The subject of this article is the representation of power and "prominence" characterizing the official diplomatic relation involving the Republic of Venice and the Dutch Republic between 1610 and 1623. Such representation of power and prestige was conveyed by means of the specific language of the early modern diplomatic ceremonials. Despite being strongly ritualized, the diplomatic ceremonial could be band and modified according to the political convenience - or necessity - of the moment. The analysis of the gestures and the diplomatic titles characteristic of the official missions of the ambassadors of both republics to the respective capitals, suggests the presence of diplomatic strategy designed to provide legitimacy to the authority and prestige of the republican form of government when in Europe the monarchical-aristocratic system was still prevailing.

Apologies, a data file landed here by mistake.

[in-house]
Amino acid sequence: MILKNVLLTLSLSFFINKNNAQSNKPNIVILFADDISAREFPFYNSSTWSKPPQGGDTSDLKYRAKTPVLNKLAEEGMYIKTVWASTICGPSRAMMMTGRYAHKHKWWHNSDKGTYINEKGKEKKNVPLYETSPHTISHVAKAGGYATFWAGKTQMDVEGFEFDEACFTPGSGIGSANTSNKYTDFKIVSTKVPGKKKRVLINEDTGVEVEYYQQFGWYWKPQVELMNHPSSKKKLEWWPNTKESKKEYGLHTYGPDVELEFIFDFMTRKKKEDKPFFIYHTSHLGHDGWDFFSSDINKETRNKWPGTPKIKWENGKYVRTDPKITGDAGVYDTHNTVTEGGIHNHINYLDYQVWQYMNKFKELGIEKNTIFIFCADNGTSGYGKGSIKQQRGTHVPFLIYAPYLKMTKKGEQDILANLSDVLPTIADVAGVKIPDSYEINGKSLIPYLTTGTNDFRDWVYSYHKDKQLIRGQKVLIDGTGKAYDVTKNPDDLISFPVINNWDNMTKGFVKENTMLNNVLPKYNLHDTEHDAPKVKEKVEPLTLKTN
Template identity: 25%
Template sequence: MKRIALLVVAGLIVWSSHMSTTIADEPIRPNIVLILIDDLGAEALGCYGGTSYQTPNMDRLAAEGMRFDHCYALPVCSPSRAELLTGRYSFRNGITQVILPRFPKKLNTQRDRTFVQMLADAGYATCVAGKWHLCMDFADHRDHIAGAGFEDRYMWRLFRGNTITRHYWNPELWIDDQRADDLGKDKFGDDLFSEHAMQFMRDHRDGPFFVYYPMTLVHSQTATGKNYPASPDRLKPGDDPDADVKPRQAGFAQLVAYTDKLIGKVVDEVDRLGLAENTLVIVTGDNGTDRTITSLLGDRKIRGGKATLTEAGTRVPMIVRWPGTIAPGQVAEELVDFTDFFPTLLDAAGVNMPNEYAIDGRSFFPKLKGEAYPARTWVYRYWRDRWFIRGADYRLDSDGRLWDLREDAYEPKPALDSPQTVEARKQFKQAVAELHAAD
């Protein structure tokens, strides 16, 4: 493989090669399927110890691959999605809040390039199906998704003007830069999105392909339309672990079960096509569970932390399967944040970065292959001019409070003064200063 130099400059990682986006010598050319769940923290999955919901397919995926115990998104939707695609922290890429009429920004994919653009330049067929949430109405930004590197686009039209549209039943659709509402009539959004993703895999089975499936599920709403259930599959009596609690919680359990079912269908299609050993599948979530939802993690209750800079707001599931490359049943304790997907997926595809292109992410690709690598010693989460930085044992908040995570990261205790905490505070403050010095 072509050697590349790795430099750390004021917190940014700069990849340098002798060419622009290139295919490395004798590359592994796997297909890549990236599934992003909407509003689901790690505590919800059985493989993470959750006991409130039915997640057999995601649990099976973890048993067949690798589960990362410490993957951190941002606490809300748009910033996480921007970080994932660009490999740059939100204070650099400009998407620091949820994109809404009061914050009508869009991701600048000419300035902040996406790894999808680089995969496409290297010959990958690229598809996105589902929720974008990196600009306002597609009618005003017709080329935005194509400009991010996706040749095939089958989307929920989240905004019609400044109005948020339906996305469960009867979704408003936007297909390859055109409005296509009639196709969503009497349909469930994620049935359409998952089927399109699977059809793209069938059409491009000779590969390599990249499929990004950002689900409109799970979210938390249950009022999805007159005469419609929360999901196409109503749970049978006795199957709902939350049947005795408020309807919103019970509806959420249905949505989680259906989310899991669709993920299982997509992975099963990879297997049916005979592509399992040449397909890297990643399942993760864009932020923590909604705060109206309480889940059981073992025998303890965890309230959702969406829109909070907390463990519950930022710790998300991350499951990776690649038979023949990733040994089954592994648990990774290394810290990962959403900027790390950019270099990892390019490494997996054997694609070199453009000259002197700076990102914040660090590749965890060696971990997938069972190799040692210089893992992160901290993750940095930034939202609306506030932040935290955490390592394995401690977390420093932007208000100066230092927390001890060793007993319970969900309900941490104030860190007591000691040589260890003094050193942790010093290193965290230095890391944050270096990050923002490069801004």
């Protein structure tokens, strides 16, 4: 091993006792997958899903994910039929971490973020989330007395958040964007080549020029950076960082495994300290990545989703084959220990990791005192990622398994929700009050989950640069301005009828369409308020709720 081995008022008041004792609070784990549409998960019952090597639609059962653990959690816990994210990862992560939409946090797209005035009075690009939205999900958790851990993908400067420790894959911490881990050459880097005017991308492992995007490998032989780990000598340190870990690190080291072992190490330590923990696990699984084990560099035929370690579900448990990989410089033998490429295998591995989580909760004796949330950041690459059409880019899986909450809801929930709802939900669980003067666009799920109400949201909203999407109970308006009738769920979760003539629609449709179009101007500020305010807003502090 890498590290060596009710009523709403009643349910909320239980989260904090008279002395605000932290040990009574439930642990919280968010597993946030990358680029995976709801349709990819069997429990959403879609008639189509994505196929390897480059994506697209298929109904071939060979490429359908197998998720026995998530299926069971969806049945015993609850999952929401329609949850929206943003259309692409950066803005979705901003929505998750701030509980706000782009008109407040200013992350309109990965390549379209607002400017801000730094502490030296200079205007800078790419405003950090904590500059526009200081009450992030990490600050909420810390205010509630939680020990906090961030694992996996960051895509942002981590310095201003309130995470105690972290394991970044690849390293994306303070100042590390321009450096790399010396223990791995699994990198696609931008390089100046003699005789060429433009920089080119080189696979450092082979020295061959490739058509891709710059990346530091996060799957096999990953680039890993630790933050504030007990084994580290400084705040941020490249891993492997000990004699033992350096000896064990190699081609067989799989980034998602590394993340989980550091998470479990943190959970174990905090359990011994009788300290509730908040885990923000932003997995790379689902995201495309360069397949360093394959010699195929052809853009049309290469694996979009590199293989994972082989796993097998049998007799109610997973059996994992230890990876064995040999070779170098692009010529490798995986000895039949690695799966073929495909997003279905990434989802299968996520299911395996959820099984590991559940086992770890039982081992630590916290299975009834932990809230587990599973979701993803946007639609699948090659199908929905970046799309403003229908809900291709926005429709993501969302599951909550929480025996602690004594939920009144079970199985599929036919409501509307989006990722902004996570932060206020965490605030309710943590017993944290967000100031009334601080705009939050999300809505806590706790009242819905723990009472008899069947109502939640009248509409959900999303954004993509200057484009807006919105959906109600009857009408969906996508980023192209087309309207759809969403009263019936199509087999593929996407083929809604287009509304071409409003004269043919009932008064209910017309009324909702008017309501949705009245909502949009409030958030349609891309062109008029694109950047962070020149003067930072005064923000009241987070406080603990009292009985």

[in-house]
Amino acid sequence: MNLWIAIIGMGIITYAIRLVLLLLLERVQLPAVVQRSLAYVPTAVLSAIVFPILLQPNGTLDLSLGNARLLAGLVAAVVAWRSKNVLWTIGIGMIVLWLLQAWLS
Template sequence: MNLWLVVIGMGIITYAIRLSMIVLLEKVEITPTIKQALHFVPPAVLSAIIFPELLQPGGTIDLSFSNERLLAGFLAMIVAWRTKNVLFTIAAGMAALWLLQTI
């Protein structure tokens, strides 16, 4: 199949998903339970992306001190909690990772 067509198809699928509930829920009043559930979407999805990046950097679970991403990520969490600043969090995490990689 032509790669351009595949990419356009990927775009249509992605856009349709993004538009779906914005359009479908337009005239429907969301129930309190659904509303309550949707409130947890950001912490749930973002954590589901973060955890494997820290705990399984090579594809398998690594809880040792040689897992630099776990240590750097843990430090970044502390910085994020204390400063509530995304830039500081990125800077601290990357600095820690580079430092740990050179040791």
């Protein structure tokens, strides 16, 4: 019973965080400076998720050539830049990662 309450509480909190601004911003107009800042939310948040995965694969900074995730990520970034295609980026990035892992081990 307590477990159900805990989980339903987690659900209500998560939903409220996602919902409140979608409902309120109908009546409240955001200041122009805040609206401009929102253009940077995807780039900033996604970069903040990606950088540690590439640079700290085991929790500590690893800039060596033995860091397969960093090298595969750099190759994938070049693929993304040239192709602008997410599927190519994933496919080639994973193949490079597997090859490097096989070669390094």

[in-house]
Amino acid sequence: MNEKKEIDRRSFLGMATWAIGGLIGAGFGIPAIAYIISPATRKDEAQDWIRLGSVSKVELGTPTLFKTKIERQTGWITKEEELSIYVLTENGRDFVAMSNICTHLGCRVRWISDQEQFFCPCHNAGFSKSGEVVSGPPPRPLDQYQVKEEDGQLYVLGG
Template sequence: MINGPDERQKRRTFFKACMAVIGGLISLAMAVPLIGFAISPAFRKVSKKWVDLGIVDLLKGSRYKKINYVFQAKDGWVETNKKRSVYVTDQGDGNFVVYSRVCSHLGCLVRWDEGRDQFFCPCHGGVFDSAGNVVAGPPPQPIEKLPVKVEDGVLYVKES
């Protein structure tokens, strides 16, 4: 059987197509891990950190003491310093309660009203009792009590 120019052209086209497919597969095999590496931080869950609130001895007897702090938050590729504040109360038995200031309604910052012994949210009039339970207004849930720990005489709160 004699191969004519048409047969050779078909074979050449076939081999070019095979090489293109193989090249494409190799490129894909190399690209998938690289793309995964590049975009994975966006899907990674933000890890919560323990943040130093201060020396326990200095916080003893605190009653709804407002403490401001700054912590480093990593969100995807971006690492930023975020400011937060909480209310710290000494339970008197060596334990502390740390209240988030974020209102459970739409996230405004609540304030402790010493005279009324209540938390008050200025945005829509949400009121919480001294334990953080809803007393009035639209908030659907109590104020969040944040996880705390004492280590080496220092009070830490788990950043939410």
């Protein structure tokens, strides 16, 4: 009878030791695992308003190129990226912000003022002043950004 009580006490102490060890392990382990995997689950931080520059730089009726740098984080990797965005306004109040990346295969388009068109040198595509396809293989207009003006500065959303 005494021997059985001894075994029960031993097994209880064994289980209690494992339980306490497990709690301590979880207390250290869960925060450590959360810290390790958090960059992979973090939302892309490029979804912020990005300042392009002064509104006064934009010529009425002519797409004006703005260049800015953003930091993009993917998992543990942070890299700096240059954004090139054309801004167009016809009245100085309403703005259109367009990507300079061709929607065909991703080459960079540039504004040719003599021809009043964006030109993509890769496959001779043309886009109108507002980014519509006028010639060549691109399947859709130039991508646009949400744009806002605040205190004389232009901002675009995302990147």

Keywords: Republic of Venice, Dutch Republic, diplomacy, ceremonial, diplomatic titles, ambassadors.